536 Enterprise Computing (3). Prerequisite, COMP 426. Designing and building enterprise systems. Basic principles, design considerations, and technologies for large multiserver systems. Requirements include a project in which teams design and build a substantial system.
541 Digital Logic and Computer Design (4). Prerequisite, COMP 411. This course is an introduction to digital logic as well as the structure and electronic design of modern processors. Students will implement a working computer during the laboratory sessions.
550 Algorithms and Analysis (3). Prerequisites, COMP 410 and MATH 381. Formal specification and verification of programs. Techniques of algorithm analysis. Problem-solving paradigms. Survey of selected algorithms.
555 Bioalgorithms (3). Prerequisites, COMP 410 and MATH 381. Bioinformatics algorithms. Topics include DNA restriction mapping, finding regulatory motifs, genome rearrangements, sequence alignments, gene prediction, graph algorithms, DNA sequencing, protein sequencing, combinatorial pattern matching, approximate pattern matching, clustering and evolution, tree construction, Hidden Markov Models, randomized algorithms.
575 Introduction to Computer Graphics (3). Prerequisites, COMP 410 and MATH 547. Hardware, software, and algorithms for computer graphics. Scan conversion, two-dimensional and three-dimensional transformations, object hierarchies. Hidden surface removal, clipping, shading, and antialiasing. Not for graduate computer science credit.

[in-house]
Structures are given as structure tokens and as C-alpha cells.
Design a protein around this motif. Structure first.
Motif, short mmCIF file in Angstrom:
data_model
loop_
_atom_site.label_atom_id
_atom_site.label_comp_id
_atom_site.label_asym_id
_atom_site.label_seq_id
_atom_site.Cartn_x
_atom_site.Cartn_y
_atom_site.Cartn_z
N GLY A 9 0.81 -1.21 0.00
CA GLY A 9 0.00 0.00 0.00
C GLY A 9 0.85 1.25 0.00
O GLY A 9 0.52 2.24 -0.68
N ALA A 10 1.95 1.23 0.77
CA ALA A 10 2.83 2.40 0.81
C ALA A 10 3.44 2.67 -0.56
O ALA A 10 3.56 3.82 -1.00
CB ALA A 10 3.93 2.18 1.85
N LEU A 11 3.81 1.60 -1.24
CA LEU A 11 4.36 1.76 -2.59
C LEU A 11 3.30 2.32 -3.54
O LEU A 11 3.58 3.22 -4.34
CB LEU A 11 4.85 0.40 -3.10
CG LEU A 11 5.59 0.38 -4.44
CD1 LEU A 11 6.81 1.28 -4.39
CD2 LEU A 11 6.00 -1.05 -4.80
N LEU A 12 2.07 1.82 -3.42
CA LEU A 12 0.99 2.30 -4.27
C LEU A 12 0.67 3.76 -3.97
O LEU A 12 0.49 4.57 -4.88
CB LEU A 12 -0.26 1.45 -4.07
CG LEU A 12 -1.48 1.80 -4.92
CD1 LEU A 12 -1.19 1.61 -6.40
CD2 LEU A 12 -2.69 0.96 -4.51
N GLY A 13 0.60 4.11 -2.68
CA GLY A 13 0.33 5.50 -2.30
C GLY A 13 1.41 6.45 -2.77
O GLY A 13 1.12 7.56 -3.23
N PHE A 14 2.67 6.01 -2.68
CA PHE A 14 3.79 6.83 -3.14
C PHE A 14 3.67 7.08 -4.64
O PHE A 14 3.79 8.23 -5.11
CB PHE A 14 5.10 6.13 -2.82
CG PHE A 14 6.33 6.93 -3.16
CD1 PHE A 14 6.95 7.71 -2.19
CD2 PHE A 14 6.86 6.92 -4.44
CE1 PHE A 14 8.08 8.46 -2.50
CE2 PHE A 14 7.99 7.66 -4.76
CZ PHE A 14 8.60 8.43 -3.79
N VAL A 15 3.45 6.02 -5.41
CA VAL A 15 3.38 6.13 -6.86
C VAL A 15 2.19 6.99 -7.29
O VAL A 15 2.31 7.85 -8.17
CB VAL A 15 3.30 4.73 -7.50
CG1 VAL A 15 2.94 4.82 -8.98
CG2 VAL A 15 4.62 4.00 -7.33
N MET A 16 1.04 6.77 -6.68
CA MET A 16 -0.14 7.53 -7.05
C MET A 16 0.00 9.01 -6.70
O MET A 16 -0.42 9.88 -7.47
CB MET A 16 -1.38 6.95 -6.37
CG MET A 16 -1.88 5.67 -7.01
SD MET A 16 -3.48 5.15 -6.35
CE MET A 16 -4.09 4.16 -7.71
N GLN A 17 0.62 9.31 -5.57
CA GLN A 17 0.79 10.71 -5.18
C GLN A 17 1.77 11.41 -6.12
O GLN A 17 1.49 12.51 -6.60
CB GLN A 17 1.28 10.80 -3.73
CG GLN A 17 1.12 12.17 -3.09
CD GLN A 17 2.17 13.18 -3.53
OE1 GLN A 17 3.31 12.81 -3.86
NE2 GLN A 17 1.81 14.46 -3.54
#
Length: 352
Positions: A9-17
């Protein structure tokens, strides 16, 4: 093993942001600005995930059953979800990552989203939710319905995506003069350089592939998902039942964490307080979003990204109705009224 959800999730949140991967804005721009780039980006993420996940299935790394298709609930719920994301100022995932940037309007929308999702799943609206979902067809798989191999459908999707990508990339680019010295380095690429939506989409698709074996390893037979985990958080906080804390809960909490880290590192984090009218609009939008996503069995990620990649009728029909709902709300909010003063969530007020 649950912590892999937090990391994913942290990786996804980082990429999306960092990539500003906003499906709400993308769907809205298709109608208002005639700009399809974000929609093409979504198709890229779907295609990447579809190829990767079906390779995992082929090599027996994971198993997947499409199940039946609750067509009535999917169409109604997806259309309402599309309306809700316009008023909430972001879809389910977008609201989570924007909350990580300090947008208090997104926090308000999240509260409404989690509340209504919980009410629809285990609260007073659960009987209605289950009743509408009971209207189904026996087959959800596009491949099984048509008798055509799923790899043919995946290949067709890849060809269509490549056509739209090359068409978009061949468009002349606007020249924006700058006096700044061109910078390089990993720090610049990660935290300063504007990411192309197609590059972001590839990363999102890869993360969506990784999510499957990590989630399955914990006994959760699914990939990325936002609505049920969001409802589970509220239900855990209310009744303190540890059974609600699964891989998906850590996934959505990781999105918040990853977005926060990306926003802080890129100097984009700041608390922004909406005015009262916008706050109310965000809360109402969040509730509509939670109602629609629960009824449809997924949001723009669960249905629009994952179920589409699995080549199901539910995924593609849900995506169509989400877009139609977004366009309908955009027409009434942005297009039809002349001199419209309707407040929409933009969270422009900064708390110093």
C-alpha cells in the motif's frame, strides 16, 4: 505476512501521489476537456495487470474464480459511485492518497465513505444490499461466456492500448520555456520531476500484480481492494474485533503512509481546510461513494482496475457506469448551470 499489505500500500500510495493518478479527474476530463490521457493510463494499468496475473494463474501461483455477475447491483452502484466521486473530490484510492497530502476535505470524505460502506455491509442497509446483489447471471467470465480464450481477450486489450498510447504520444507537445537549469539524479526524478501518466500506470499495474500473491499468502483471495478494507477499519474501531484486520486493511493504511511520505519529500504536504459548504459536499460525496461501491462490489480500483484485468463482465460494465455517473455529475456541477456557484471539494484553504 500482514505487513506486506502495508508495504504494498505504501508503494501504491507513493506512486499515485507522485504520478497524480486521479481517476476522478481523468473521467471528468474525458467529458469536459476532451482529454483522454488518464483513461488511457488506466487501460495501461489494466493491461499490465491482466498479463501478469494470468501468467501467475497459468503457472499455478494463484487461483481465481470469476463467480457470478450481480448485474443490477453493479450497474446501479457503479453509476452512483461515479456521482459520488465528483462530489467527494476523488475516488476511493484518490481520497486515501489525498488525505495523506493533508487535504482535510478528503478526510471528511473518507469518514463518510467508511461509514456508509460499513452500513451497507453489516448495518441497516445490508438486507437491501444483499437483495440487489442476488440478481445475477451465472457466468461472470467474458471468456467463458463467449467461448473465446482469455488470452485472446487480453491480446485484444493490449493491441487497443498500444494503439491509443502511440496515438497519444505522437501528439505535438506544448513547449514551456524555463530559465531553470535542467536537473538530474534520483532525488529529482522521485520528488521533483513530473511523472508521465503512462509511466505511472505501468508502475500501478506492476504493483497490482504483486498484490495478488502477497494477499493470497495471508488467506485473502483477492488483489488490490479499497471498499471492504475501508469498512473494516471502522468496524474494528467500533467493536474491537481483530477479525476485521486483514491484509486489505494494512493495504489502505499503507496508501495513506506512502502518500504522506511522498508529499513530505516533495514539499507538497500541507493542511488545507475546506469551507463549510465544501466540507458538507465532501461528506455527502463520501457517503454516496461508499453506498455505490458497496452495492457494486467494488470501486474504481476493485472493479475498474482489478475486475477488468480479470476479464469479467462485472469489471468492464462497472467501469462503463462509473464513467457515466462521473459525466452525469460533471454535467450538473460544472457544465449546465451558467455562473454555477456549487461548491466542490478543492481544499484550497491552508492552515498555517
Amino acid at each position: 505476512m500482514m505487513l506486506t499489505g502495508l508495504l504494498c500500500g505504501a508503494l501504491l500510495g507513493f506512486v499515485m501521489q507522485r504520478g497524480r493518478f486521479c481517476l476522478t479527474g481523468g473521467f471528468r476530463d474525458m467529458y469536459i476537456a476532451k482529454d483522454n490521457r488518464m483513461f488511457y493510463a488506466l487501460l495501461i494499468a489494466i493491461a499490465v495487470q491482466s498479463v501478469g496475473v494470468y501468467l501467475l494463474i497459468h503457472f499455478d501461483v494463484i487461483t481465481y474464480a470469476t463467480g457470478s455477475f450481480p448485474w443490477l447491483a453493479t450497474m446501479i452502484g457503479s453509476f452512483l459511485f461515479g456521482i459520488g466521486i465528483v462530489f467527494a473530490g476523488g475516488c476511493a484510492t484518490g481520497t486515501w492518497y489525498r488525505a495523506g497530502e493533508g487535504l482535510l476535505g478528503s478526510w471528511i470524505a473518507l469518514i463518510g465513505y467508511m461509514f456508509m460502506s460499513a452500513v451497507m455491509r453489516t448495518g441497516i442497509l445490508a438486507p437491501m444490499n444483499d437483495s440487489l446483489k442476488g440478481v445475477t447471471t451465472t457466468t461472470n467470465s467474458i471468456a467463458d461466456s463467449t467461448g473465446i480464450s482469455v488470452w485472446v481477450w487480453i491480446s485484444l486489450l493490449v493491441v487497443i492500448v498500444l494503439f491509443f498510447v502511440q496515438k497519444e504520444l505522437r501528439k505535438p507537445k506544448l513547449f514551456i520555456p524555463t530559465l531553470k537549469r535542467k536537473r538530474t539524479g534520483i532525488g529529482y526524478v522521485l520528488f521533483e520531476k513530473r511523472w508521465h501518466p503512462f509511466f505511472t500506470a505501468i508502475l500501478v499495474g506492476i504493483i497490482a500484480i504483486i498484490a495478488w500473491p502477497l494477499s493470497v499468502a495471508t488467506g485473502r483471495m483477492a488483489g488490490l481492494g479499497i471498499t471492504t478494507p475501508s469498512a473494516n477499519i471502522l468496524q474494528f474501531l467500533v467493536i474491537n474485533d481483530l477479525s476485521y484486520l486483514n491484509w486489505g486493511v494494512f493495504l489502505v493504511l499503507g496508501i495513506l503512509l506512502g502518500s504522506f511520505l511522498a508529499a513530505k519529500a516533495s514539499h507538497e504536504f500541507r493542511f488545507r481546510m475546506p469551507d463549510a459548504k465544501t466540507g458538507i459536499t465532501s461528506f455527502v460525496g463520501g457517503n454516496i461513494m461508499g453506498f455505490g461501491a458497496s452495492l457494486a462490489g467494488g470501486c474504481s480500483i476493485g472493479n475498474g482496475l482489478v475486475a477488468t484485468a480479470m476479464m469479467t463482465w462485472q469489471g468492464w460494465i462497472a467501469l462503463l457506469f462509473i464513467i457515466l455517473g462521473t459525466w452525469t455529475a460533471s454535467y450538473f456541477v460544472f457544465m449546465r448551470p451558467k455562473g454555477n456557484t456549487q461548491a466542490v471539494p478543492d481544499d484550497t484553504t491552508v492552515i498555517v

580 Enabling Technologies (3). Prerequisite, COMP 410. We will investigate ways computer technology can be used to mitigate the effects of disabilities and the sometimes surprising response of those we intended to help.
585 Serious Games (3). Prerequisite, COMP 410 or 411. Concepts of computer game development and their application beyond entertainment to fields such as education, health, and business. Course includes team development of a game.
590 Topics in Computer Science (1–21). Permission of the instructor. This course has variable content and may be taken multiple times for credit.
631 Computer Networks (3). Required preparation, a first course in operating systems, a first course in networking (e.g., COMP 431 and 530), and knowledge of probability and statistics. Topics in computer networks, including link layer protocols, switching, IP, TCP, and congestion control. Additional topics may include peer-to-peer infrastructures, network security, and multimedia applications.